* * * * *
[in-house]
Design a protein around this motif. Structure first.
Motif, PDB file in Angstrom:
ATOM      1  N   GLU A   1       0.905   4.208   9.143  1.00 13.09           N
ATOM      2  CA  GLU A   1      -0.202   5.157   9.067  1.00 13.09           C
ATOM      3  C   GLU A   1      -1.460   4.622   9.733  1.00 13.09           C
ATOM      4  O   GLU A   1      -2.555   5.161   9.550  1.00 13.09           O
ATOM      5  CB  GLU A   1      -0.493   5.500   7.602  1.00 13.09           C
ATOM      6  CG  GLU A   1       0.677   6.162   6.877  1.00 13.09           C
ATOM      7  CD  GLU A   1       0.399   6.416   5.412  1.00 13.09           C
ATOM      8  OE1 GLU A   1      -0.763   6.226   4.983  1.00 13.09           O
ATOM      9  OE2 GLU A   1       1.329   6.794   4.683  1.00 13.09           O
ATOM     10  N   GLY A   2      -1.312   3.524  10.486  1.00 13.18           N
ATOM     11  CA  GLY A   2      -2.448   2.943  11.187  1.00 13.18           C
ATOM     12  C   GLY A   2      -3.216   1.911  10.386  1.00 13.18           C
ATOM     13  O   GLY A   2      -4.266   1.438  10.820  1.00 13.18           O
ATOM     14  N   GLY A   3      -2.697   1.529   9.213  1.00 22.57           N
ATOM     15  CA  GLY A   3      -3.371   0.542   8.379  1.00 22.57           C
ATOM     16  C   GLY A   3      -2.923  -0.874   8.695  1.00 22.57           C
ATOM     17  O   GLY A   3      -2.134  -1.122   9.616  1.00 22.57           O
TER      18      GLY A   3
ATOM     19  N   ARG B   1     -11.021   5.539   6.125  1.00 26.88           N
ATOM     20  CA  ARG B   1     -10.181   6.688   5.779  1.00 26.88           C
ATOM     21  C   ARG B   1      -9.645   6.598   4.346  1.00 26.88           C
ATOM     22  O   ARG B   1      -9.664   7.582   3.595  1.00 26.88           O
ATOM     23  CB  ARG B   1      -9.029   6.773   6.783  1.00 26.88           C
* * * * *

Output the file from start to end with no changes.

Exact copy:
[in-house]
Design a protein around this motif. Structure first.
Motif, PDB file in Angstrom:
ATOM      1  N   GLU A   1       0.905   4.208   9.143  1.00 13.09           N
ATOM      2  CA  GLU A   1      -0.202   5.157   9.067  1.00 13.09           C
ATOM      3  C   GLU A   1      -1.460   4.622   9.733  1.00 13.09           C
ATOM      4  O   GLU A   1      -2.555   5.161   9.550  1.00 13.09           O
ATOM      5  CB  GLU A   1      -0.493   5.500   7.602  1.00 13.09           C
ATOM      6  CG  GLU A   1       0.677   6.162   6.877  1.00 13.09           C
ATOM      7  CD  GLU A   1       0.399   6.416   5.412  1.00 13.09           C
ATOM      8  OE1 GLU A   1      -0.763   6.226   4.983  1.00 13.09           O
ATOM      9  OE2 GLU A   1       1.329   6.794   4.683  1.00 13.09           O
ATOM     10  N   GLY A   2      -1.312   3.524  10.486  1.00 13.18           N
ATOM     11  CA  GLY A   2      -2.448   2.943  11.187  1.00 13.18           C
ATOM     12  C   GLY A   2      -3.216   1.911  10.386  1.00 13.18           C
ATOM     13  O   GLY A   2      -4.266   1.438  10.820  1.00 13.18           O
ATOM     14  N   GLY A   3      -2.697   1.529   9.213  1.00 22.57           N
ATOM     15  CA  GLY A   3      -3.371   0.542   8.379  1.00 22.57           C
ATOM     16  C   GLY A   3      -2.923  -0.874   8.695  1.00 22.57           C
ATOM     17  O   GLY A   3      -2.134  -1.122   9.616  1.00 22.57           O
TER      18      GLY A   3
ATOM     19  N   ARG B   1     -11.021   5.539   6.125  1.00 26.88           N
ATOM     20  CA  ARG B   1     -10.181   6.688   5.779  1.00 26.88           C
ATOM     21  C   ARG B   1      -9.645   6.598   4.346  1.00 26.88           C
ATOM     22  O   ARG B   1      -9.664   7.582   3.595  1.00 26.88           O
ATOM     23  CB  ARG B   1      -9.029   6.773   6.783  1.00 26.88           C